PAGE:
Tackling 'No Fault Found' in Maintenance Engineering
No Fault Found
The phenomenon of No Fault Found (NFF) is known by a variety of names, and is a problem which has plagued operators and maintainers in technology-dependent sectors from automotive to telecommunications. In- service faults which are detected by operators or faults recorded by Built-In Tests (BIT) will be investigated and are likely to result in a subsequent product removal. After troubleshooting activity, product removal events are grouped into either ‘Confirmed Fault’ or ‘No Fault Found’ categories. NFF will contain ‘fault isolation failures’ where the actual fault exists in another product which has been missed due to poor troubleshooting or attributed to a hidden fault undetectable during testing. Recent research investigations show that improving the system to reduce the number of product removals with no apparent failure will have far more effect on improving the overall business impact than a corresponding improvement in the product reliability. Some notable causes that contribute to NFF problems include cultural factors, inadequate systems design, repeated down-time, fault isolation methods and their cost, reduced availability, increased burden on TES.
The NFF Research Programme
In 2011, the EPSRC Centre undertook a 5 year research programme to provide solutions for the NFF problem across industries including defence, aerospace, marine and rail. The root cause and influencing drivers toward NFF form a complex coupling between electronic, mechanical and software interactions mixed with organisational, procedural and human errors. The EPSRC Centre aims to take a systems based approach to understand this coupling in order to provide research solutions to address related strategic industry problems.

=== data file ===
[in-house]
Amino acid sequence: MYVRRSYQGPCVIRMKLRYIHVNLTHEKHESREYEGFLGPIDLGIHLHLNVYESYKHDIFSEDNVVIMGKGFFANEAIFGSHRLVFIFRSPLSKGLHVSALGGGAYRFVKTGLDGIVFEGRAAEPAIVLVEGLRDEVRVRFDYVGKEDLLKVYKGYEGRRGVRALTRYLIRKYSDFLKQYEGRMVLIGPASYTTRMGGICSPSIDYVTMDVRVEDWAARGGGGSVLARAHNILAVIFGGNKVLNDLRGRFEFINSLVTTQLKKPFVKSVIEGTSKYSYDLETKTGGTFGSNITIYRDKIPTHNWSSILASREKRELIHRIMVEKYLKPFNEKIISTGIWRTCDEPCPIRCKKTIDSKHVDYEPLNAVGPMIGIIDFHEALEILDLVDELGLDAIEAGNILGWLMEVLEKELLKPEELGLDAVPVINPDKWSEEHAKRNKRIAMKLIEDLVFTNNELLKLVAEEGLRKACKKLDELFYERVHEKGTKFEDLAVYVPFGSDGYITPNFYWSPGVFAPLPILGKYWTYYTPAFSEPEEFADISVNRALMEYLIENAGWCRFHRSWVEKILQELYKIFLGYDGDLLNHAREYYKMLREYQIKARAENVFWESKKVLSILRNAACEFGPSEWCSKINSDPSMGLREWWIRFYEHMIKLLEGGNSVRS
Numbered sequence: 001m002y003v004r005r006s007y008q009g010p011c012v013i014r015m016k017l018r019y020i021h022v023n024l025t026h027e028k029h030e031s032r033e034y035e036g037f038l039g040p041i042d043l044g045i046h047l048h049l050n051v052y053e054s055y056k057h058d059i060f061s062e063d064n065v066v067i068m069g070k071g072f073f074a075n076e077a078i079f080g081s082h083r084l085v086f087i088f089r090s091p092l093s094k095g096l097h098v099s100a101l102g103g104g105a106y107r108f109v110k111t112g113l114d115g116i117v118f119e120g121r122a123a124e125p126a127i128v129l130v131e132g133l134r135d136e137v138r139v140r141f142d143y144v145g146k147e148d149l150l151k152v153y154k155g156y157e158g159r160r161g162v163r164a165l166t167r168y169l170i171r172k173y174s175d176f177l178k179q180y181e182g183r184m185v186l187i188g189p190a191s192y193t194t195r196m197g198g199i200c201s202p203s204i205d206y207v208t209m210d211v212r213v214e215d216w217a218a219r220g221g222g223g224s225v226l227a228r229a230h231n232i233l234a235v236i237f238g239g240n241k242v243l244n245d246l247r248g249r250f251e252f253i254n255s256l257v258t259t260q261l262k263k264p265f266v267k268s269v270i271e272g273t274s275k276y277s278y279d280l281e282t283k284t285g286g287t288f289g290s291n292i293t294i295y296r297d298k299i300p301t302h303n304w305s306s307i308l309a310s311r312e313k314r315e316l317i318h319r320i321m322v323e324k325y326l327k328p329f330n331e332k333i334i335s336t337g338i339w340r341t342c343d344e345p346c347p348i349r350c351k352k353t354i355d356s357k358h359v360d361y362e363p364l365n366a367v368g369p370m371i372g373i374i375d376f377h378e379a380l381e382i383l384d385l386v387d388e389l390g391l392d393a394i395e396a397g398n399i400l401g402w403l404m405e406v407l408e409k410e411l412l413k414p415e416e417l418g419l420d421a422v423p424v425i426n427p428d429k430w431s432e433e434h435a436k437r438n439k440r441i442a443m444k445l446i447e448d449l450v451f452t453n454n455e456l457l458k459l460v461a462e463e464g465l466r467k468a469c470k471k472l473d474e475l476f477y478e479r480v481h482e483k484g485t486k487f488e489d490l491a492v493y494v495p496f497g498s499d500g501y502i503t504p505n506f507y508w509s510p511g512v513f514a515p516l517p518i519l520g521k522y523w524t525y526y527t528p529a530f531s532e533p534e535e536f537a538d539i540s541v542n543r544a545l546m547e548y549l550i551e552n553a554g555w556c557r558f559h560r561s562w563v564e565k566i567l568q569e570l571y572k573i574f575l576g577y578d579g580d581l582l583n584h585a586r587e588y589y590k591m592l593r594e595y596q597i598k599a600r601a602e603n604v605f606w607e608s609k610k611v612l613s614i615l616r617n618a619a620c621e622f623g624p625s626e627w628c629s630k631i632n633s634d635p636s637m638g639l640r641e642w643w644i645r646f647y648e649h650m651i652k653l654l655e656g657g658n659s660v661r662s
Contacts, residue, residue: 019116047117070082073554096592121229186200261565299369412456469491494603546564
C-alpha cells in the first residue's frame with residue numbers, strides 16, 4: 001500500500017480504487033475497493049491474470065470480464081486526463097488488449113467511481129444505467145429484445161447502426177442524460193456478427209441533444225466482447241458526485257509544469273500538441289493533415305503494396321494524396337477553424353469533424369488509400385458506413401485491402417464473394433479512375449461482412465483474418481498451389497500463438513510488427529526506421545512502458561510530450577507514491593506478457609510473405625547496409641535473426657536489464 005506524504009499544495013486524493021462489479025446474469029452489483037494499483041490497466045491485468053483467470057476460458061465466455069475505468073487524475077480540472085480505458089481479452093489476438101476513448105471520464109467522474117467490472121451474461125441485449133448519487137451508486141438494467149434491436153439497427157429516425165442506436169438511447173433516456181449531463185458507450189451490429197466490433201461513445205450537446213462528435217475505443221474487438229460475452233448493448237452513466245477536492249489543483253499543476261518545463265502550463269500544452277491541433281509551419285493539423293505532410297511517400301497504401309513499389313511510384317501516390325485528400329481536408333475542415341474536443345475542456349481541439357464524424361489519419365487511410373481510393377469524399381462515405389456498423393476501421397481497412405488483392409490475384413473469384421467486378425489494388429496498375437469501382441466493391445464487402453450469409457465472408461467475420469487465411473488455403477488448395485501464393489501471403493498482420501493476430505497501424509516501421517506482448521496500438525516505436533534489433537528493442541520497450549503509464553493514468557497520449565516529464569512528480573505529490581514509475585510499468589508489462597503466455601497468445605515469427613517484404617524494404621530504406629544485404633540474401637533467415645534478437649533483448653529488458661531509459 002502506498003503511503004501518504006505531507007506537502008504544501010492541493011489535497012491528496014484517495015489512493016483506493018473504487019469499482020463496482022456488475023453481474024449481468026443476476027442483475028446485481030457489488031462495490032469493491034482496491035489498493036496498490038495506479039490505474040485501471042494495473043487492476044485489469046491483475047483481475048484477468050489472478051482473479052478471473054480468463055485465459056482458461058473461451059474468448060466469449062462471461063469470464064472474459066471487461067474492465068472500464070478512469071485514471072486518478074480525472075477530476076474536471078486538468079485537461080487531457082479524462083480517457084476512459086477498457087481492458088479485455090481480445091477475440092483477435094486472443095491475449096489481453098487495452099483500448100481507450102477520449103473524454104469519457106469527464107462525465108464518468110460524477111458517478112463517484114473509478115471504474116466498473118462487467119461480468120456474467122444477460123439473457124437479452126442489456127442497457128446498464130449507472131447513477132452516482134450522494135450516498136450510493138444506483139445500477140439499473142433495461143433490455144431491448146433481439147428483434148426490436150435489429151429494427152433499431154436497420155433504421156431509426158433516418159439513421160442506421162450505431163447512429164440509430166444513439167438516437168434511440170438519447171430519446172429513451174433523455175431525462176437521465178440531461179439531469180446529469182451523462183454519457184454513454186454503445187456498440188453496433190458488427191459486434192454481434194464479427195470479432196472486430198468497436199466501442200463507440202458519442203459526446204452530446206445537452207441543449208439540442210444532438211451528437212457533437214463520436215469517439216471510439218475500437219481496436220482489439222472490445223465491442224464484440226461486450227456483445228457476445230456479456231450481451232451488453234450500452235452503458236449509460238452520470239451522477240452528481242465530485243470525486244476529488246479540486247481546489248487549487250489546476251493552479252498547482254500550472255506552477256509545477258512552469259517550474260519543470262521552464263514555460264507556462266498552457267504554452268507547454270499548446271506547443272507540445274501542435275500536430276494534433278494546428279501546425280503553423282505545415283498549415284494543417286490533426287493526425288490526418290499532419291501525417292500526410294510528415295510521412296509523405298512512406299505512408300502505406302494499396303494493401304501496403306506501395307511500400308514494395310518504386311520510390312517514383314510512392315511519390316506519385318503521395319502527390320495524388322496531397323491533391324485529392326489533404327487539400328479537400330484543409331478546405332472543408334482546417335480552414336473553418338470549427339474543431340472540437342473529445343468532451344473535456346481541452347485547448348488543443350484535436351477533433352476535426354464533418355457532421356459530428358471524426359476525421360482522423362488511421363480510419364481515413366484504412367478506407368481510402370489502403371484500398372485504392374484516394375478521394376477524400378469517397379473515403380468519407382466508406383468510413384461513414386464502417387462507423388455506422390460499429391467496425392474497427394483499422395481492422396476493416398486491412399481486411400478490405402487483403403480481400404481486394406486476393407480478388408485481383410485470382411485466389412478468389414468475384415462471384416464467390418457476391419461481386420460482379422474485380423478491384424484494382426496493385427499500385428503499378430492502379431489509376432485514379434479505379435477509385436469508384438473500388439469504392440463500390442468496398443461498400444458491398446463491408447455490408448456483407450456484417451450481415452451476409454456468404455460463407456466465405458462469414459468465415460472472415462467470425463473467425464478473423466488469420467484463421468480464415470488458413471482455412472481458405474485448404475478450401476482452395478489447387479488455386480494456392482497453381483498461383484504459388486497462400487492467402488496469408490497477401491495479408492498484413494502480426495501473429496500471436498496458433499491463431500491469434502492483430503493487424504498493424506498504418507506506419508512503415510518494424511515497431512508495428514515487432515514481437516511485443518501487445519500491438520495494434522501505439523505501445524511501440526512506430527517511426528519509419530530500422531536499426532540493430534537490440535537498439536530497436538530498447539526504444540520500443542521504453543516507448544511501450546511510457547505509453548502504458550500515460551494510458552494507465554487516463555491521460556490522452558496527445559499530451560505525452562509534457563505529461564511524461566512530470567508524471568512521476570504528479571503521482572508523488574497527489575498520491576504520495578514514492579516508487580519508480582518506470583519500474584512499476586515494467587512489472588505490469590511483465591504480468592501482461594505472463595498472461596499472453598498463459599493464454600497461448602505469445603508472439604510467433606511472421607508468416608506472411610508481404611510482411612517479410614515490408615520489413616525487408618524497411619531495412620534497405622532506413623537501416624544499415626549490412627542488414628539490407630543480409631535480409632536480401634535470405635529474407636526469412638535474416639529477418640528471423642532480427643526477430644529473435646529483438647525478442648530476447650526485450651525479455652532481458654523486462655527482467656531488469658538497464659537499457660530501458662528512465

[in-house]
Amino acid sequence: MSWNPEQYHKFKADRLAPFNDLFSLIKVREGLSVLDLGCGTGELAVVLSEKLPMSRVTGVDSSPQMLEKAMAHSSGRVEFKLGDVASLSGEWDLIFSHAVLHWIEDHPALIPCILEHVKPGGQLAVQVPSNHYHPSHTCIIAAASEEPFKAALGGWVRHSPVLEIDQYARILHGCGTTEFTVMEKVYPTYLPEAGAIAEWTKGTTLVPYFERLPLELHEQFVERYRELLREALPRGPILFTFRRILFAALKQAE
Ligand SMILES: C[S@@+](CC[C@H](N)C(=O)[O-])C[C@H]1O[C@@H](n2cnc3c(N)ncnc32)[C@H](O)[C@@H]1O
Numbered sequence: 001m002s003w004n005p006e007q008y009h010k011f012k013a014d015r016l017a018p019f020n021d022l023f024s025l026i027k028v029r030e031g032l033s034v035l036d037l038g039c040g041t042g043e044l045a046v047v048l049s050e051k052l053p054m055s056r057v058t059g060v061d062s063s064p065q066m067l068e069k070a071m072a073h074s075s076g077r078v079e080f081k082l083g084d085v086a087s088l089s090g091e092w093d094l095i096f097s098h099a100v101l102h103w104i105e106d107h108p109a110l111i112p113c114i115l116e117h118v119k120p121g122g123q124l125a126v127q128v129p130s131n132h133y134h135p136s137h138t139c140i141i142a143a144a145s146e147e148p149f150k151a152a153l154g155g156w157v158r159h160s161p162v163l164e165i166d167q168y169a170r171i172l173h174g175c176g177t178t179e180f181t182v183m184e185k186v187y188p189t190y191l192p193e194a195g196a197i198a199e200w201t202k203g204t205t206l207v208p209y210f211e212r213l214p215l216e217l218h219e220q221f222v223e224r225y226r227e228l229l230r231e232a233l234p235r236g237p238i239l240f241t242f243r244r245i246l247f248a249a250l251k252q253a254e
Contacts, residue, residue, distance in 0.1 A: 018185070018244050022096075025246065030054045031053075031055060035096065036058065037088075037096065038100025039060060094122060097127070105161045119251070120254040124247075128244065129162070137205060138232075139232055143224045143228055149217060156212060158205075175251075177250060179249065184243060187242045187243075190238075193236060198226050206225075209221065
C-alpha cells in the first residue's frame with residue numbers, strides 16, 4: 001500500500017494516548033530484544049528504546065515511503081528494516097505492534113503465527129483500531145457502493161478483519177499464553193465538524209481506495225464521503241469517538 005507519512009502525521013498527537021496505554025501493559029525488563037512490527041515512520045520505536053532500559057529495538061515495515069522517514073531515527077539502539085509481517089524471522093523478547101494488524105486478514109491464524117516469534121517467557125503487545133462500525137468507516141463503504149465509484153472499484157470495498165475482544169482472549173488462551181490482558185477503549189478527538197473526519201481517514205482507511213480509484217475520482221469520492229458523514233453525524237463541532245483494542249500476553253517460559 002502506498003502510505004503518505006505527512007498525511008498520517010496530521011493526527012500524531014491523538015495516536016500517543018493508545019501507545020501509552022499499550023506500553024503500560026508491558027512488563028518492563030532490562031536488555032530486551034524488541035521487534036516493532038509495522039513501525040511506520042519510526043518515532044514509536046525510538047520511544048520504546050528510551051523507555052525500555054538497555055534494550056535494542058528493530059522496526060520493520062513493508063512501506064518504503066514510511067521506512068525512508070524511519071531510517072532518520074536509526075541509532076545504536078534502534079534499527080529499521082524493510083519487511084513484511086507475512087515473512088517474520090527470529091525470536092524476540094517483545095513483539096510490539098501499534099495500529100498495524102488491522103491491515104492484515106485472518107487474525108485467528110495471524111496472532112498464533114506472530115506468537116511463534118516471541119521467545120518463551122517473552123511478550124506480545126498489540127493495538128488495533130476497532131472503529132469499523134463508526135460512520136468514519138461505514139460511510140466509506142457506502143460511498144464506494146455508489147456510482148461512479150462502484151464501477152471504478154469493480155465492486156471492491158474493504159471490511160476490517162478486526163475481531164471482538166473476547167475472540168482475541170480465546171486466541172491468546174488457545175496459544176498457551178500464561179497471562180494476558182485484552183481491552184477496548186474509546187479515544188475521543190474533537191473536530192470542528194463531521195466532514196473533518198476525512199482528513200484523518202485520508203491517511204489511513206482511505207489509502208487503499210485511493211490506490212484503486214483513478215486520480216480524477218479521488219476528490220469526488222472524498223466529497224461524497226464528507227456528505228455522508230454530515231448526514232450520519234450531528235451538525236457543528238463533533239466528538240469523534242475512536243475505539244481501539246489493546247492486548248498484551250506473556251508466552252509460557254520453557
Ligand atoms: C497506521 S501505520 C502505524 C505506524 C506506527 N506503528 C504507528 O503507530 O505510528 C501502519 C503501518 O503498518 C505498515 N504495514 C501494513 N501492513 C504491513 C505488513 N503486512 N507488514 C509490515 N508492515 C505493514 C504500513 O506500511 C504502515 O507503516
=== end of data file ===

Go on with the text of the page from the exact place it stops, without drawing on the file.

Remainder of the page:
Currently several projects are being undertaken in this area:
The Reduction of NFF through Improved System Design
The EPSRC Centre for Through-life Engineering Services core NFF research project is a 3 year full-time project which will address the inherent causes of NFF resulting from inadequacies in equipment design. An example is the design of a Built-In-Test-Equipment (BITE) which relies upon an in-depth knowledge of all system interactions. There also is the inevitable case where failure mechanisms only manifest themselves during a limited envelope of operation. These scenarios may not be recognised during design due to limits on system understanding resulting in the selection of inappropriate detection and confirmation strategies leading to a NFF susceptible design. Other areas which are of importance include inappropriate designed limits, software coding errors, inadequate procedures and the situation when the process depends on human judgement for design and validation activities.
The core deliverables include:
• Established generic causes of NFF for candidate groups.
• Identification of individual solutions for candidate items selected for investigation.
• Established cross discipline features and design improvements to solve in-service occurrence of NFF.
• Publication of a handbook and set of design rules to act as expert guidance to better inform designers on how to avoid NFF through the life of a product.
Project team: Paul Phillips, Chris Hockley, Ian Jennions and Samir Khan